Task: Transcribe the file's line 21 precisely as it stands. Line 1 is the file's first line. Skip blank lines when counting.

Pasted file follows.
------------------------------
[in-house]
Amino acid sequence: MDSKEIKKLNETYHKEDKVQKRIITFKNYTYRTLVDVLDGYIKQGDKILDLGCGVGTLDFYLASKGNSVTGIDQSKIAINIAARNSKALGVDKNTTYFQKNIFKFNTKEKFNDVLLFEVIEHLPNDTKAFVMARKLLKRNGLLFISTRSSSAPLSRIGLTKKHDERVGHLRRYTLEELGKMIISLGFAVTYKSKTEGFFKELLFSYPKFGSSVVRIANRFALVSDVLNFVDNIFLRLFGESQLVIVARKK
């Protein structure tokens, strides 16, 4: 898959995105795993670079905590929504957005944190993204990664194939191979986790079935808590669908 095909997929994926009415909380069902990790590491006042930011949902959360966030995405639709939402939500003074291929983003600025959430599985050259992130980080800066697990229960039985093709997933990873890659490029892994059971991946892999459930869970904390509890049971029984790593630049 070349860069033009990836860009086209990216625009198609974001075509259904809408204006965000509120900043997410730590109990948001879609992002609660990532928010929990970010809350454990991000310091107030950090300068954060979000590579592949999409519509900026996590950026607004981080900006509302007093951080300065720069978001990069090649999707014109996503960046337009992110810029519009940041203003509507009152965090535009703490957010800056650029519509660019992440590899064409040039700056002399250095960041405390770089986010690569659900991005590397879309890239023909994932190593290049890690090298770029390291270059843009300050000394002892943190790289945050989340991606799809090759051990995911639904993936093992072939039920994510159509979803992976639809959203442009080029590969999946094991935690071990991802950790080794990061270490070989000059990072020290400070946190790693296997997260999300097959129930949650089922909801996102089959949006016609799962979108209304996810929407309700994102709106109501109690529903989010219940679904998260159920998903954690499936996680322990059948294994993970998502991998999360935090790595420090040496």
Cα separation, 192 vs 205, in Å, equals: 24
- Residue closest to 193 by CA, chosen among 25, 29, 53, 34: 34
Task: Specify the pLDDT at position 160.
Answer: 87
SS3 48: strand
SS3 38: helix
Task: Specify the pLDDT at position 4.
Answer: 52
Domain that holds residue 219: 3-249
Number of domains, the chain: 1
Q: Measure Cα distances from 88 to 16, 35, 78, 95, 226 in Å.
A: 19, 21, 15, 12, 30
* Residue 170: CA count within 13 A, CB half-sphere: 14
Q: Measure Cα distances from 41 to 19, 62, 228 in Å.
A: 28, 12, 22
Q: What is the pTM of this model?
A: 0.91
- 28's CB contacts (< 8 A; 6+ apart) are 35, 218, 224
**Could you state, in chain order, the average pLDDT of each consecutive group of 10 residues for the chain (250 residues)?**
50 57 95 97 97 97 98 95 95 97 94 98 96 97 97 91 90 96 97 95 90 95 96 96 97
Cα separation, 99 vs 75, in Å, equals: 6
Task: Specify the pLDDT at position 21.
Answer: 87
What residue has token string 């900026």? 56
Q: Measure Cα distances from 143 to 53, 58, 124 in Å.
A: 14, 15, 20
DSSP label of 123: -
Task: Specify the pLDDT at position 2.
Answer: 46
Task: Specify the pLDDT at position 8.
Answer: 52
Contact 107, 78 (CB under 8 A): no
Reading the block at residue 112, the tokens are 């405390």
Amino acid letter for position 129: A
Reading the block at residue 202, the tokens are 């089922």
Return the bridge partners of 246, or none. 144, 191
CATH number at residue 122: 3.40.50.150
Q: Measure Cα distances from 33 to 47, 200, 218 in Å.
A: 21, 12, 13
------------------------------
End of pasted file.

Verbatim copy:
- 28's CB contacts (< 8 A; 6+ apart) are 35, 218, 224